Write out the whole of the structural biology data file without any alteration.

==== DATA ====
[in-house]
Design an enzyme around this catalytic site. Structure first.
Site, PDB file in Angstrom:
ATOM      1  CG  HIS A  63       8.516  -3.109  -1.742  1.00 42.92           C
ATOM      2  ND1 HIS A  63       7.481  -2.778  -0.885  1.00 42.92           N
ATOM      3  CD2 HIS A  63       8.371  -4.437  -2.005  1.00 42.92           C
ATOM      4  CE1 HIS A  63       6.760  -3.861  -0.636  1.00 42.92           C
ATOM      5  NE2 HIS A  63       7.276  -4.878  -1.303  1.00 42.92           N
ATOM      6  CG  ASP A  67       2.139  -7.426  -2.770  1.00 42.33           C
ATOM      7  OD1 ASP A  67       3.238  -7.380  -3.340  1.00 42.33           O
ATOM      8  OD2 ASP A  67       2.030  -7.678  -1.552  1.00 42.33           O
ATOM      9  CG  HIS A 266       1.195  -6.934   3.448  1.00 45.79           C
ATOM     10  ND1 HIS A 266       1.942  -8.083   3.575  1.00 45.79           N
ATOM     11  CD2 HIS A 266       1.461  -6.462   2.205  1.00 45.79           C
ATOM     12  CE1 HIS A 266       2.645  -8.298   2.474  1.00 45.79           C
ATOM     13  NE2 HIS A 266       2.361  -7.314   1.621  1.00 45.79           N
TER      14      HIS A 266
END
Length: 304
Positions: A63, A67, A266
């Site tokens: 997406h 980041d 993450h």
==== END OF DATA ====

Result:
[in-house]
Design an enzyme around this catalytic site. Structure first.
Site, PDB file in Angstrom:
ATOM      1  CG  HIS A  63       8.516  -3.109  -1.742  1.00 42.92           C
ATOM      2  ND1 HIS A  63       7.481  -2.778  -0.885  1.00 42.92           N
ATOM      3  CD2 HIS A  63       8.371  -4.437  -2.005  1.00 42.92           C
ATOM      4  CE1 HIS A  63       6.760  -3.861  -0.636  1.00 42.92           C
ATOM      5  NE2 HIS A  63       7.276  -4.878  -1.303  1.00 42.92           N
ATOM      6  CG  ASP A  67       2.139  -7.426  -2.770  1.00 42.33           C
ATOM      7  OD1 ASP A  67       3.238  -7.380  -3.340  1.00 42.33           O
ATOM      8  OD2 ASP A  67       2.030  -7.678  -1.552  1.00 42.33           O
ATOM      9  CG  HIS A 266       1.195  -6.934   3.448  1.00 45.79           C
ATOM     10  ND1 HIS A 266       1.942  -8.083   3.575  1.00 45.79           N
ATOM     11  CD2 HIS A 266       1.461  -6.462   2.205  1.00 45.79           C
ATOM     12  CE1 HIS A 266       2.645  -8.298   2.474  1.00 45.79           C
ATOM     13  NE2 HIS A 266       2.361  -7.314   1.621  1.00 45.79           N
TER      14      HIS A 266
END
Length: 304
Positions: A63, A67, A266
């Site tokens: 997406h 980041d 993450h």